The Ship's Bell

Now d'ye see that bell hung right near the ship's wheel? Now that ye're startin' yer life at sea, that bell is yer life. When ter sleep... when ter eat... when ter work... when ter fight. Heed th' bell, or ye'll be heedin' the captain's lash. An respect th' bell, fer it's the ever-beatin' heart of th' ship.
— First mate indoctrinating new young crewfolk
It has been described by crew as the beating heart of a ship. Ever-present... marking the passage of time... regulating the life of all aboard. There are times when a sailor despises it. But as long as it is there, ringing out it's regular cadence, everyone aboard knows their ship... their home... is still alive and thriving. To many, the bell becomes the ship.

Ringing the Watch and Turn

The most important function of the Ship's Bell is to help the crew keep track of the passage of time. It is used in conjunction with the ship's Six-turn Sandglass to keep track of time. As the sands run out in the glass and the glass is turned, the ship's bell is rung to announce the time of day. This is known as "ringing the watch and turn"

The actual striking of the bell to "ring the watch and turn" follows a strict pattern. Two sequences are rung - the first to identify the current watch, the second to indicate the time within the watch. Sequences are rung in "couplets", with brief pauses between couplets, and any required single chimes at the end. A longer pause separates the ringing of the watch and the ringing of the turn. The tables below list the chime patterns.
The sun is directly overhead in the middle of the third (Midday) watch -- "three and three" to an experienced sailor. "Eight and six" marks the end of one day and the beginning of the next.

The Importance of the Bell

Many who make their lives at sea believe that their ships have spirits or souls, and that these reside in the ship's bell. As a result, the bell is often one of the most cared-for elements of the ship. Whether made of iron, bronze, or brass - the last being the most prized - it is always kept polished and rust-free. The surface of bell and striker are wiped with thin films of oil to resist corrosive salt spray.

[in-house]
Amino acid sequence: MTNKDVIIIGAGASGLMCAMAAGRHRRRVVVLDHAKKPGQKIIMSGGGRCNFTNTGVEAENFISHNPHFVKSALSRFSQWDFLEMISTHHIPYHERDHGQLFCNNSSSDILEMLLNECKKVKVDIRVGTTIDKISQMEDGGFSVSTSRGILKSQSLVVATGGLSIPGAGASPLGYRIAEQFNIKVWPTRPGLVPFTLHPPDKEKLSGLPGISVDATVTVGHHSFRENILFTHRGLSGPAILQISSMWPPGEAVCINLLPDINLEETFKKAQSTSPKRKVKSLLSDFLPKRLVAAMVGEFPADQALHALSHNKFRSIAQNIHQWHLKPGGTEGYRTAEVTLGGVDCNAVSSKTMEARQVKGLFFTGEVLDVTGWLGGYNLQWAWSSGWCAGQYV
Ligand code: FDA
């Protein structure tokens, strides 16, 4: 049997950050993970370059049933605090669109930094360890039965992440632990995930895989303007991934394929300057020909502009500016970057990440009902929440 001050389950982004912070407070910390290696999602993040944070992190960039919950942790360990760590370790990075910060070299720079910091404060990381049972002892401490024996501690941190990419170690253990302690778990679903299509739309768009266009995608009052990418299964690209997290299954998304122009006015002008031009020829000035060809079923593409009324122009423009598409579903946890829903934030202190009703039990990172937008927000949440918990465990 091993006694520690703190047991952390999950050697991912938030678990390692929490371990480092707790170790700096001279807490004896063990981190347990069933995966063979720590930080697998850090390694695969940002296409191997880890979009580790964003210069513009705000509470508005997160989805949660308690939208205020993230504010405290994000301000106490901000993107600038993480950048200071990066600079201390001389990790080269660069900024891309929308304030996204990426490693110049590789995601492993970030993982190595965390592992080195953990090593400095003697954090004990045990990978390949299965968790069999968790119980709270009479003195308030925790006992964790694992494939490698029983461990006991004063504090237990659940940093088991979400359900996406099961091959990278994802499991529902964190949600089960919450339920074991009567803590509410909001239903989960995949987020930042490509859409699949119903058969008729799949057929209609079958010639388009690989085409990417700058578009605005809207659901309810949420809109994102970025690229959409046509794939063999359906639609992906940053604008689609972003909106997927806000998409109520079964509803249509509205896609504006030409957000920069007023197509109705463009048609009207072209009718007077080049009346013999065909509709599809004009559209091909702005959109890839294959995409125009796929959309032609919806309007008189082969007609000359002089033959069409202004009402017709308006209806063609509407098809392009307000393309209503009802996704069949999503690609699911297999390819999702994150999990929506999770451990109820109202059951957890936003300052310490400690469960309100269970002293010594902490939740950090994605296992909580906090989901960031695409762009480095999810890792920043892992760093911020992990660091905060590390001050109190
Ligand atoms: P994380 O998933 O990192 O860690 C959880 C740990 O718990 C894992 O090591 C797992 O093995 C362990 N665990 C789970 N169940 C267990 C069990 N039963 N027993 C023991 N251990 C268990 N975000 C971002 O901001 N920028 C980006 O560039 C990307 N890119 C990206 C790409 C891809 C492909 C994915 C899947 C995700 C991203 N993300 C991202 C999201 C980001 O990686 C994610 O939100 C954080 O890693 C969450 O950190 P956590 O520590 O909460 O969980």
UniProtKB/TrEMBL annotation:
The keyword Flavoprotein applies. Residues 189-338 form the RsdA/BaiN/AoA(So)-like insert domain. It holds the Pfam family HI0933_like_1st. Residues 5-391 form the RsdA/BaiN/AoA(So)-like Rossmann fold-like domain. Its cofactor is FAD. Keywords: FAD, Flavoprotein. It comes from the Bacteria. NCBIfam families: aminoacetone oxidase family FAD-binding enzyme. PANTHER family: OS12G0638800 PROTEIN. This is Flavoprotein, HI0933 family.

The bell for a new ship is not cast until the ship is first slipped from drydock on its christening day. Once the ship is christened, and its name announced, molds for the bell are prepared which include the ship's name, and the bell is cast.

In the event of disaster or battle at sea, is a ship is deemed in danger of sinking, every attempt to keep the bell from harm, and to remove it to keep it from sinking with the ship is made by any and all surviving crew. Unpleasant superstitions are associated with allowing a ship to sink with its bell still in place.
An' remember... if ever the ship be sinkin'... see to it that th' bell is saved. Fer if the bell goes down wi' th' ship, it'll be soundin' the watches and turns for all eternity... and the poor souls that went down as well will never be released from service.
— final admonition to the new crew about saving the bell

A Day on Cartyrion

Throughout history, there have been many different patterns of time tracking employed by the various Folk, but as interactions increased and mixed communities became established, a single, commonly accepted "standard" timekeeping method has been developed.

Each day is divided into eight periods called "watches". These are, in their commonly accepted order, the Dawn or Waking Watch, Midmorning Watch, the Midday Watch, Lateday Watch, the Dusk or Dimming Watch, the Retiring Watch, the Midnight Watch, and finally the Vigil Watch. Each watch is often further divided into smaller units; on land, it is usually three units called "hours", but at sea it is more typically six "turns".

Halfling Watches

While Halflings follow the standards that all other folk have adopted, they often employ a different set of names - names that reflect which meal of the day they should be enjoying. For the Halflings, the watches of the day are Breakfast, Brunch, Lunch, Tea, Supper, Dinner, Nightcap, and Snack.

Watches and the Sun

While the Dawn Watch marks the start of a new day, the sun appearing on the horizon does not mark the beginning of the watch. Rather, the watch is centered on the sunrise event. Likewise, the sun reaches its noon peak in the middle of the Midday Watch, and sets below the horizon in the middle of the Dusk Watch.

Cartyrion is a planet with no axial tilt. As a result, "day" and "night" are equal in length every day, and everywhere in the world. (Another consequence is that seasons are not determined by planet tilt, but rather by distance from the sun, so summer, for example happens planetwide at the same time of year, regardless of position relative to the equator.


Page Banner Orc Warrior Image by Yuri_B from Pixabay
Page Banner Sailing Ship Image by GLady from Pixabay
Side panel images by Dorothe from Pixabay


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